[Arch] Archlinux Setup (Updated)

A brief archlinux install guide.

Final setup will be: archlinux + i3wm, booted with efi.

Before the install…

NOTES:

  • this is for gpt partitions and efi boot. And the device name here is only a reference.
  • Also note that: if you are installing the new system from a existing system, you can simply use rsync to migrate system, see wiki for details. If you want a fresh new install, the package arch-install-scripts is needed, which includes the tools like arch-chroot and genfstab etc.

Make sure the system clock is accurate before the install.

timedatectl set-ntp true
timedatectl status

Make sure internet is available. A wired connection is recommended. See wiki for details.

Preparing the disk.

Disk Partition & Formatting

use tool cgdisk to make partitions.

Partition Mount Point Type Size (typical) Device Name
boot /boot Efi System 256-512MB /dev/sda1
swap linux swap 2 * Memory Size /dev/sda2
root / linux filesystem as large as needed /dev/sda3

Disk formatting

Formatting the boot and root partition

mkfs.vfat -F32 /dev/sda1
mkfs.ext4 /dev/sda3

Use swap partition (Optional)

mkswap /dev/sda2
swapon /dev/sda2

Note: package dosfstools may be needed for vfat file system.

Mount the Disk

mount /dev/sda3 /mnt
mkdir -p /mnt/home 
mkdir -p /mnt/boot
mount /dev/sda1 /mnt/boot

System Install and Basic Configs

Before the install, you may want to choose a faster mirror. Expecially when you are from CHINA… China’s gov is a total blyat… Edit /etc/pacman.d/mirrorlist and run pacman -Syy

install basic system

pacstrap /mnt base linux linux-firmware

config fstab

# genfstab -U /mnt >> /mnt/etc/fstab 

Note: before running genfstab, I recommend you to use lsblk or fdisk -l etc. to check if the partitions are correctly mounted.

After the system installing, genfstab should not be used anymore. Edit /etc/fstab manually afterwards if needed.

chroot into the new installed system

arch-chroot /mnt

basic system config

Setting Timezone

# timedatectl list-timezones
# timedatectl set-timezone Zone/SubZone

Locale and Language edit /etc/locale.gen, uncomment the language encoding that you need. e.g. I have

en_US.UTF-8 UTF-8
de_DE.UTF-8 UTF-8
zh_CN.GB18030 GB18030
zh_CN.GBK GBK
zh_CN.UTF-8 UTF-8
zh_CN GB2312

then run locale-gen to generate locales..

create /etc/locale.conf and set LANG variable, e.g.

LANG=en_US.UTF-8

Network Manager I prefer Network Manager.. here we disable dhcpd(if used during the installation) and install network-manager

sudo pacman -S networkmanager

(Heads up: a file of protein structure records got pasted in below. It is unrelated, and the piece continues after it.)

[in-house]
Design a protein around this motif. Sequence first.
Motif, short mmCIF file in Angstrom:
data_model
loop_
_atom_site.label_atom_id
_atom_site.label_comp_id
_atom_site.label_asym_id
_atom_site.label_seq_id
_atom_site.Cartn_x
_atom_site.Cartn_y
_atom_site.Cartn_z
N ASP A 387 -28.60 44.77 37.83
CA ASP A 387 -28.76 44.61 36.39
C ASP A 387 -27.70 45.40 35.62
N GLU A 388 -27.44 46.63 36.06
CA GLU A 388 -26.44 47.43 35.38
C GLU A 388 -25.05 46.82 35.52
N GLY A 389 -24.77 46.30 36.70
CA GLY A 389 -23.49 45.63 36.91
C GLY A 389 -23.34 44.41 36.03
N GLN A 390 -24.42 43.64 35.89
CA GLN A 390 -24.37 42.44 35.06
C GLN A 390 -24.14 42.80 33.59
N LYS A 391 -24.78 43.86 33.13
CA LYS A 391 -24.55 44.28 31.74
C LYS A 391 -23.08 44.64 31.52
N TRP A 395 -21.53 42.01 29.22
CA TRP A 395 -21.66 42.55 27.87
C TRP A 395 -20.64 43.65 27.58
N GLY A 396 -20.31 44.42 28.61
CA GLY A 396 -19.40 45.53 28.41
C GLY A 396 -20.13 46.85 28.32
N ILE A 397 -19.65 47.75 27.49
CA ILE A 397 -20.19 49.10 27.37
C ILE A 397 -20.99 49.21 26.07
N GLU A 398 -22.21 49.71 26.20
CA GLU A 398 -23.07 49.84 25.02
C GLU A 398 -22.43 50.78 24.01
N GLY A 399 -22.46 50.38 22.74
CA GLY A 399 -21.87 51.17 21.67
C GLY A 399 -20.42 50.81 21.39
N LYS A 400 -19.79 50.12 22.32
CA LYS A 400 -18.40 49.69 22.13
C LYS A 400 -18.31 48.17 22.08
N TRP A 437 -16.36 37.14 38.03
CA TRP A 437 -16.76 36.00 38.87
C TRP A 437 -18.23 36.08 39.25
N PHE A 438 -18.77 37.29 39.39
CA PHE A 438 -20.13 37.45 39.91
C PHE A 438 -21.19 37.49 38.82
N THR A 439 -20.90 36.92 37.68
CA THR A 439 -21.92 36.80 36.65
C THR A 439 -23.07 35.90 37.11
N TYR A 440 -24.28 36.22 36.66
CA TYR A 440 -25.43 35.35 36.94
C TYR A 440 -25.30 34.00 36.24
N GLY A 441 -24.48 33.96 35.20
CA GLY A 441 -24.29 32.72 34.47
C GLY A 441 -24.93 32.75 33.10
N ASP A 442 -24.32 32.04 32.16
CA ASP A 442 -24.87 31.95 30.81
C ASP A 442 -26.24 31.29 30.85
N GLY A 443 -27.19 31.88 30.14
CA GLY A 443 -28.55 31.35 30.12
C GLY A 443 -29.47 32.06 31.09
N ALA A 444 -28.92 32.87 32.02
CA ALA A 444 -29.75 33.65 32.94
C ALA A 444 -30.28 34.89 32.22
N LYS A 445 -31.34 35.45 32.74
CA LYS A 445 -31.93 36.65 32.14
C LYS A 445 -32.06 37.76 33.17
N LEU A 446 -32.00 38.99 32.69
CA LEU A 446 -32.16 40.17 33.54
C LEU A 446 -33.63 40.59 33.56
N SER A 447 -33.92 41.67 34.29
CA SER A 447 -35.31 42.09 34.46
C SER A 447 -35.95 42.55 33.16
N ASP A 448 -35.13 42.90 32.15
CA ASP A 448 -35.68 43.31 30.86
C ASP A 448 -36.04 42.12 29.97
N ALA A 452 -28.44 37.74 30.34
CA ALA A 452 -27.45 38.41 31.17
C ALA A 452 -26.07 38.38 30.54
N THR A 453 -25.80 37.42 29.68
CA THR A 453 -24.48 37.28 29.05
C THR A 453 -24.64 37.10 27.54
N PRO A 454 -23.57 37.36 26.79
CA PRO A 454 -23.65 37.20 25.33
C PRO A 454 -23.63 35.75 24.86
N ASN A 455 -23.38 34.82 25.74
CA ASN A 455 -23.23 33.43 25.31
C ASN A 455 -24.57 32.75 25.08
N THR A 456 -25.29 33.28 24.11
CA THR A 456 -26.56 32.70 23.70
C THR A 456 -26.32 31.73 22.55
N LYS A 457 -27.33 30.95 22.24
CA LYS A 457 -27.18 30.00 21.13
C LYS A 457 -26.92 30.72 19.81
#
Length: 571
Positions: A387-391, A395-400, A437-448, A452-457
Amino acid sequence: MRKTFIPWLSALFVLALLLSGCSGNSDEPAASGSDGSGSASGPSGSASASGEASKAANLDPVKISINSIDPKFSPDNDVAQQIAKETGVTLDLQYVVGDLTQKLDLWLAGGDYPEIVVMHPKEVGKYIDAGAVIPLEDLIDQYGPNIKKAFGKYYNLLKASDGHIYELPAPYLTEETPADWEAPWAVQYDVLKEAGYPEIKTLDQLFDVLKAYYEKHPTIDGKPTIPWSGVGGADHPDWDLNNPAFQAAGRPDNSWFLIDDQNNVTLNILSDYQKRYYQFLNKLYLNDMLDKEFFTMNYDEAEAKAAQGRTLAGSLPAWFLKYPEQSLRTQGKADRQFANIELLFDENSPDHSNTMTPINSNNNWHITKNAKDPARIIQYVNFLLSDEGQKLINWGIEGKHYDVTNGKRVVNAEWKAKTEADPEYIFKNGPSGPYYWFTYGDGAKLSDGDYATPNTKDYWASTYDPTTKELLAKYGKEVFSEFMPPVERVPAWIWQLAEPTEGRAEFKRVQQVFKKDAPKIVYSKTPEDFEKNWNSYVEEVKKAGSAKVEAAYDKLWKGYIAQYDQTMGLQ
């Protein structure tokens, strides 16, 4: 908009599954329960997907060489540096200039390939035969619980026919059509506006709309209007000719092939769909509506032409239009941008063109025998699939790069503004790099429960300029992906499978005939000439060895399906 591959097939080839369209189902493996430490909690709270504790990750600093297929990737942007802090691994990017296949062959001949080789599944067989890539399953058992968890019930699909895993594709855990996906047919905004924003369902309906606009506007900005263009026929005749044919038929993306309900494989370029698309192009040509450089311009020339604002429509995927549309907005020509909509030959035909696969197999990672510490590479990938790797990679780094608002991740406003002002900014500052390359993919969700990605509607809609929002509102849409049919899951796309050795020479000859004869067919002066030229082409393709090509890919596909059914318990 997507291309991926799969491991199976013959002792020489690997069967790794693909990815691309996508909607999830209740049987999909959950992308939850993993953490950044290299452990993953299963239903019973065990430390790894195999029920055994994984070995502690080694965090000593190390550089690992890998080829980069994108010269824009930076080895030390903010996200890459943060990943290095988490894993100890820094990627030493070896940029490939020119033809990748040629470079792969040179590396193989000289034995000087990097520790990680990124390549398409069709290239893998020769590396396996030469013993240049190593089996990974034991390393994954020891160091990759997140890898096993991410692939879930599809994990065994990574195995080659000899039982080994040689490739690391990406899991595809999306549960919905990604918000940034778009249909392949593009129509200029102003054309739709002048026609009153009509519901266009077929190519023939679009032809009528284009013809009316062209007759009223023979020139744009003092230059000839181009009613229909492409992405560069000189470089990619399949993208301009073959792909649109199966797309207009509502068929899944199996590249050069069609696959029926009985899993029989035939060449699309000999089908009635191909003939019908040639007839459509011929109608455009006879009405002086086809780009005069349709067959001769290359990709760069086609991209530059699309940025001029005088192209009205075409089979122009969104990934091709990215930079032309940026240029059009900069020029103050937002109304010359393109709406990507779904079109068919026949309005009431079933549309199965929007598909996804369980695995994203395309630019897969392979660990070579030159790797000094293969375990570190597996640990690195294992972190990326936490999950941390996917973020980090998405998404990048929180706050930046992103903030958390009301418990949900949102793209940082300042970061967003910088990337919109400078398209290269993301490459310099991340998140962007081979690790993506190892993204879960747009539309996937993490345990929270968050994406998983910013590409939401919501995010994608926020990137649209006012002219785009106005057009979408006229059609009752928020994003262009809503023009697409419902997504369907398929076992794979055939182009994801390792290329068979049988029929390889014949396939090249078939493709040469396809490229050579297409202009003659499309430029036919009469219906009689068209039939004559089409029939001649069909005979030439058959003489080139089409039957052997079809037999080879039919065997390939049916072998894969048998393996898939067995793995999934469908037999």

sudo systemctl disable dhcpcd
sudo systemctl enable NetworkManager.service

Create new user It’s not recommended to use root user on a daily basis.

useradd -G wheel username
passwd username
mkdir -m 700 /home/username
chown username:username /home/user

Then edit sudoers to grant new user root privilege. Use visudo command to edit.

username ALL=(ALL) ALL

Boatloader (fore UEFI)

Check again all the partitions are correctly mounted!

pacman -S grub os-prober efibootmgr
grub-install 
grub-install --target=x86_64-efi --efi-directory=/boot --bootloader-id=arch_grub --recheck
grub-mkconfig -o /boot/grub/grub.cfg

Now you can unmount the disk and reboot. If nothing went wrong, you should be able to boot into the new system with grub.

Desktop Environment, Sound and Graphic.

install xorg

pacman -S xorg xorg-server xorg-utils xorg-xinit xorg-xfontsel xorg-font-util

install and setup i3

pacman -S i3-wm i3status i3blocks i3lock dmenu dunst

Note: packages other than i3-wm are optinal. There are also forks of i3 that you may choose from e.g. i3-gaps which gives extra gap between panels. Also I’m not going to cover the usage and detailed config of i3-wm and other utils here. This is only a setup guide.

To run i3, edit ~/.xinitrc and add at the end:

exec i3

Now run startx to launch X and i3! (A basic config will be generated during the first startup)

Sound

Alsa is installed by default, install alsa-utils for a control panel alsa-mixer.

graphic Note: this section is only for intel integrated graphic card users..

pacman -S mesa xf86-video-intel 

Preventing graphic tearing: add or edit /etc/X11/xorg.conf.d/20-intel.conf

Section "Device"
  Identifier "Intel Graphics"
  Driver "intel"

  Option "TearFree" "true"
EndSection

Then reboot..

something else

fonts Lacking proper fonts sometimes causes problems.. Here are the fonts I installed.

adobe-source-code-pro-fonts
noto-fonts
noto-fonts-cjk
noto-fonts-emoji
wqy-bitmapfont
ttf-font-awesome
ttf-arphic-ukai
ttf-arphic-uming
ttf-dejavu
ttf-font-awesome
ttf-symbola

Terminal, shell and editor

I currently use suckless’s st terminal. The build I’m using can be found in this site’s static file page.

I also use fish as shell, ranger and nnn as file browsers, neovim as editor and plugged as its plugin manager.

Fcitx and input method

pacman -S fcitx fcitx-configtool fcitx-googlepinyin fcitx-libpinyin

then add the folling lines to .xinitrc

# fcitx input
export QT_IM_MODULE=fcitx
export XMODIFIERS=@im=fcitx
export GTK_IM_MODULE=fcitx

and the following to i3 config

exec --no-startup-id fcitx -d

Other useful settings

add this to .xinitrc to swap esc and caplock (for vim users)

# swap caps
setxkbmap -option caps:swapescape

also this one (which will change your life)

xset r rate 300 50